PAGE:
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Modifying the Least Restrictive Environment to Facilitate the Integration of Severely Emotionally Disturbed Children and Youth
Rebecca K. Newman and Richard L. Simpson
Vol. 8, No. 2 (February 1983), pp. 103-112
Published by: Council for Exceptional Children
Stable URL: http://www.jstor.org/stable/43153696
Page Count: 10
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An analysis was conducted of positive interactions initiated by regular class students with severely emotionally disturbed children and adolescents as a function of two attitude modification treatment conditions. Regular class students were exposed to either information about handicapped persons or the information condition plus structured experiences with severely emotionally disturbed pupils assigned to the same school. Although tentative, results suggested that subjects provided information only responded most postively with the severely disturbed.In addition, first and second grade students and females appeared to respond more favorably to the handicapped population. Implications drawn from these data were that procedures for facilitating the integration of severely emotionally disturbed children and youth into less restrictive settings may need to involve procedures for positively modifying the attitudes of regular class students toward the handicapped.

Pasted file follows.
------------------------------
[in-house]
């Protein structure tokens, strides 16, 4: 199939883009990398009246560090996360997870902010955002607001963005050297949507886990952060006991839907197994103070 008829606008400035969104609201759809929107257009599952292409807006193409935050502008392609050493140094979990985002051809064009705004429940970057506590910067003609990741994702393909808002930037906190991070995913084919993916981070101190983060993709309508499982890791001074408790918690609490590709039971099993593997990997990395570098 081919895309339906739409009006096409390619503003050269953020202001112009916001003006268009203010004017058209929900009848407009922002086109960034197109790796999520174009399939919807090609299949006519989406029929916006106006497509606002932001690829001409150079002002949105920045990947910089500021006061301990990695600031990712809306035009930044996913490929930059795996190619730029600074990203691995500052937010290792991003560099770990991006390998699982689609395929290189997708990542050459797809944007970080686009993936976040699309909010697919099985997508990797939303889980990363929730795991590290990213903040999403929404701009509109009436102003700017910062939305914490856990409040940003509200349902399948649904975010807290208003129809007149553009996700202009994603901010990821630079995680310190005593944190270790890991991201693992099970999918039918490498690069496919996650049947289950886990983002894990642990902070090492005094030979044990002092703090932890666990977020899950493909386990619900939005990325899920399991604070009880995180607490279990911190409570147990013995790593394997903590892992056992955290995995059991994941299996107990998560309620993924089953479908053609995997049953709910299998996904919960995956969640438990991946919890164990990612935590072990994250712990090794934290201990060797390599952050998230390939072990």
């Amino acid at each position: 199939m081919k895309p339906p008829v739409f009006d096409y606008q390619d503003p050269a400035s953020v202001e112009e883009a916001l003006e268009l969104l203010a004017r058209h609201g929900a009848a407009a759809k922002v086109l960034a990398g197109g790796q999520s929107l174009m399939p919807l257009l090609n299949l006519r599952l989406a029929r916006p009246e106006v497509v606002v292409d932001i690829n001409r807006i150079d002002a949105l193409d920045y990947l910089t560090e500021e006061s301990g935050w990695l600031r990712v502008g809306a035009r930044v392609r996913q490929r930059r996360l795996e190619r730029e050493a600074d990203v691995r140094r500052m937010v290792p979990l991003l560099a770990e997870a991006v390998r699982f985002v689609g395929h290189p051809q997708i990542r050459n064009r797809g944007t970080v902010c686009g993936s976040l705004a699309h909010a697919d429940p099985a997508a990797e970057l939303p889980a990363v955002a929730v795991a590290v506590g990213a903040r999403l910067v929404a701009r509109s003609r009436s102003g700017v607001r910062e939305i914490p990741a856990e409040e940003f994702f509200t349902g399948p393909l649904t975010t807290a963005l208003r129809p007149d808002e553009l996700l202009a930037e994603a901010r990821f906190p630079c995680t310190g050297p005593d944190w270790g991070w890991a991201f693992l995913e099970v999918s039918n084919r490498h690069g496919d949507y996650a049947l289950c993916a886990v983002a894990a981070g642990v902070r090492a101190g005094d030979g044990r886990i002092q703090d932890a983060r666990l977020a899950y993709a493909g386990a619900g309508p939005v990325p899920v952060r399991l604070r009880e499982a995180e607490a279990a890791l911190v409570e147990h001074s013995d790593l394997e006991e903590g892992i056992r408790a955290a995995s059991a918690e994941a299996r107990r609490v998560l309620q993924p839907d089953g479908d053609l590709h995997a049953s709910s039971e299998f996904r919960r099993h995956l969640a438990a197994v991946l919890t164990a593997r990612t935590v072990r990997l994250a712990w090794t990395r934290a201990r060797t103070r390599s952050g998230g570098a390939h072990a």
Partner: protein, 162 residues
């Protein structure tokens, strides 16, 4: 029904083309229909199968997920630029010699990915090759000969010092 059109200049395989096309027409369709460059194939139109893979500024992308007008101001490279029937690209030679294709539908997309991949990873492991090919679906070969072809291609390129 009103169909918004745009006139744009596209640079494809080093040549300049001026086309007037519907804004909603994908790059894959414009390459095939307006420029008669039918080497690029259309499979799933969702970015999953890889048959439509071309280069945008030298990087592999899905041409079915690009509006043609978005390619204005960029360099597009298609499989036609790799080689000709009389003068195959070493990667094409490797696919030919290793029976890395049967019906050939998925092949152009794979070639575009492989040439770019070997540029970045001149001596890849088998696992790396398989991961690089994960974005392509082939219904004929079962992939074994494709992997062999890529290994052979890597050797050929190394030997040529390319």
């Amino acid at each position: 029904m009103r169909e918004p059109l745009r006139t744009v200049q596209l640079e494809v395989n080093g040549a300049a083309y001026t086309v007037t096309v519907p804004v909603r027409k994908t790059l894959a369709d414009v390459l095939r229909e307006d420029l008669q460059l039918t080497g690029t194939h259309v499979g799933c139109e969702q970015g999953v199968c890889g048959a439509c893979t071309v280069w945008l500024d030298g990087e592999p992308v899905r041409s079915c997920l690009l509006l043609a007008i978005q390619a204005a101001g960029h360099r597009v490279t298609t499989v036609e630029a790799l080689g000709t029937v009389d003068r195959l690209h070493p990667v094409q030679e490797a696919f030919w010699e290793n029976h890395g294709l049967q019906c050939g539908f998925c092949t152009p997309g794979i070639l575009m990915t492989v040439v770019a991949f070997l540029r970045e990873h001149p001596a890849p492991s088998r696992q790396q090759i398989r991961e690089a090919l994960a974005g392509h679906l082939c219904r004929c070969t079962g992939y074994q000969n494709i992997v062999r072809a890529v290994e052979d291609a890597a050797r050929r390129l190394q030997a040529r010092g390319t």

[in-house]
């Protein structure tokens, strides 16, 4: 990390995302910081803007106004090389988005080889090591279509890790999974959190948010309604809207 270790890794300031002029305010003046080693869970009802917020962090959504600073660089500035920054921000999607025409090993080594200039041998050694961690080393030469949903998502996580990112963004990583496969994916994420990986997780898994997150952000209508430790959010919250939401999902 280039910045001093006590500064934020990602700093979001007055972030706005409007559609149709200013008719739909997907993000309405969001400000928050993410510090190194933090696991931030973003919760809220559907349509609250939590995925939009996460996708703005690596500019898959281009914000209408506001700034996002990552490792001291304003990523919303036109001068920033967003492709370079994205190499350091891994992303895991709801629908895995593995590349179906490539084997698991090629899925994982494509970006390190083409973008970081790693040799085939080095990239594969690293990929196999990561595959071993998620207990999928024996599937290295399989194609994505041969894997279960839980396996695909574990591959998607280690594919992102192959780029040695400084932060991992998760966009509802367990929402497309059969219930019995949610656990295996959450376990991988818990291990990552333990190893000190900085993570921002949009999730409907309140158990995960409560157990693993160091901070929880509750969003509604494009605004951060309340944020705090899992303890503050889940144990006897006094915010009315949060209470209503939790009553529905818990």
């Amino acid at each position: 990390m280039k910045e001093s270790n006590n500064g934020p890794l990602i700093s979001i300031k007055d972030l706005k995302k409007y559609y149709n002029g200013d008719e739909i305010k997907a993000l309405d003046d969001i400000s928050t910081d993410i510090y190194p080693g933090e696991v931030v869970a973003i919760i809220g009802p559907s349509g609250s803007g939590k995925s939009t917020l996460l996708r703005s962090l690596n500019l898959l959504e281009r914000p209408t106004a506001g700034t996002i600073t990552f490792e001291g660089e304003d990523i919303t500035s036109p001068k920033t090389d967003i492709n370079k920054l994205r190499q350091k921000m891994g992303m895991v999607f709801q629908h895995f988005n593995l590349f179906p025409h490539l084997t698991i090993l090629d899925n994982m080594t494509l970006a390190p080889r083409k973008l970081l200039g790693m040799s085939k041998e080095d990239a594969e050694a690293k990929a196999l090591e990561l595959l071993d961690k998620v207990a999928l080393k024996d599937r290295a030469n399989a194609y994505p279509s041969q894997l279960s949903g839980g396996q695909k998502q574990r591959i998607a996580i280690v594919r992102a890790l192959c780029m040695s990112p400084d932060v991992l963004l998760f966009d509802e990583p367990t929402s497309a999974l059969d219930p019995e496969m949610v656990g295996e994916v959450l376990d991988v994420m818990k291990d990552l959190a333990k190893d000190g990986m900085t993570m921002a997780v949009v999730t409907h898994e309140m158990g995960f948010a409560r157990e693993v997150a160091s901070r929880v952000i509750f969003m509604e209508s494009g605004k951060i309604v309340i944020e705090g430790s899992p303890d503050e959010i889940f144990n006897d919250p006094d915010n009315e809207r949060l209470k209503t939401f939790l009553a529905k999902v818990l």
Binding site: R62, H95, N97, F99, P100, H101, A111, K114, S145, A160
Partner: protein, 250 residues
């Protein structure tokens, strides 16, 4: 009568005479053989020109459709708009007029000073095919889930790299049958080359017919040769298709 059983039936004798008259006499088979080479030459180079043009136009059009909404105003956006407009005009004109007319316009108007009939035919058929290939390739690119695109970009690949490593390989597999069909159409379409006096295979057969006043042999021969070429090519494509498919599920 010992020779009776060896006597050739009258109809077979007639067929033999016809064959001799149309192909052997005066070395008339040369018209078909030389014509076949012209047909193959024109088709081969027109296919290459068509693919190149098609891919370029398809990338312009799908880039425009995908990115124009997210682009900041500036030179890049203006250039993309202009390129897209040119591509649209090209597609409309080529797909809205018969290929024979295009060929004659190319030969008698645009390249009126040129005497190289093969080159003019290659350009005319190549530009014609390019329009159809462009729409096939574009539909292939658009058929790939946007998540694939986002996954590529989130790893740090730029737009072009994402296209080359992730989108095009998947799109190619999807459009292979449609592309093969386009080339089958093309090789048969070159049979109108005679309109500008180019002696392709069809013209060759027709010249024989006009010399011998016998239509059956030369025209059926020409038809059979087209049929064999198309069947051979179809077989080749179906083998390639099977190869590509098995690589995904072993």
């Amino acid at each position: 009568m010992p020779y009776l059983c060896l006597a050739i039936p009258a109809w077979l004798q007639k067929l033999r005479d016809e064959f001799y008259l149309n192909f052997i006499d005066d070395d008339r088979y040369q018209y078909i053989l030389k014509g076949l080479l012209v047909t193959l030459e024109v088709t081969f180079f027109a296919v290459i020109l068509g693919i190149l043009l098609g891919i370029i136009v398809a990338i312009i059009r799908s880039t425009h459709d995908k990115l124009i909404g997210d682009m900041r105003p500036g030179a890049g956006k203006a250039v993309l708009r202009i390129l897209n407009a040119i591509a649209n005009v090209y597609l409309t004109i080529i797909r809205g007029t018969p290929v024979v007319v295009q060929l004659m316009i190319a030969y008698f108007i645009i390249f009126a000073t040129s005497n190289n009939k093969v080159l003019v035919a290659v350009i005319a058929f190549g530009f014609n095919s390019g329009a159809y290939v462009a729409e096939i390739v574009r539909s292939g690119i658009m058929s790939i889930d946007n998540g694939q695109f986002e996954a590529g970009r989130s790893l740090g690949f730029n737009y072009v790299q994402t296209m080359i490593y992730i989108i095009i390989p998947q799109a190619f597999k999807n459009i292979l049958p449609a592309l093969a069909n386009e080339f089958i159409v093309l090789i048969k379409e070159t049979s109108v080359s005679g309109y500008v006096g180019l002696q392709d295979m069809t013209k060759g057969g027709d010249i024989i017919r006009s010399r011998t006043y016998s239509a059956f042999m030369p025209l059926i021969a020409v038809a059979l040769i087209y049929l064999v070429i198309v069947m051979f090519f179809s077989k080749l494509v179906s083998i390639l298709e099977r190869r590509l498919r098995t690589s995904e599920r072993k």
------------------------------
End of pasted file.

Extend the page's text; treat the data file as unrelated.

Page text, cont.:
Behavioral Disorders © 1983 Council for Exceptional Children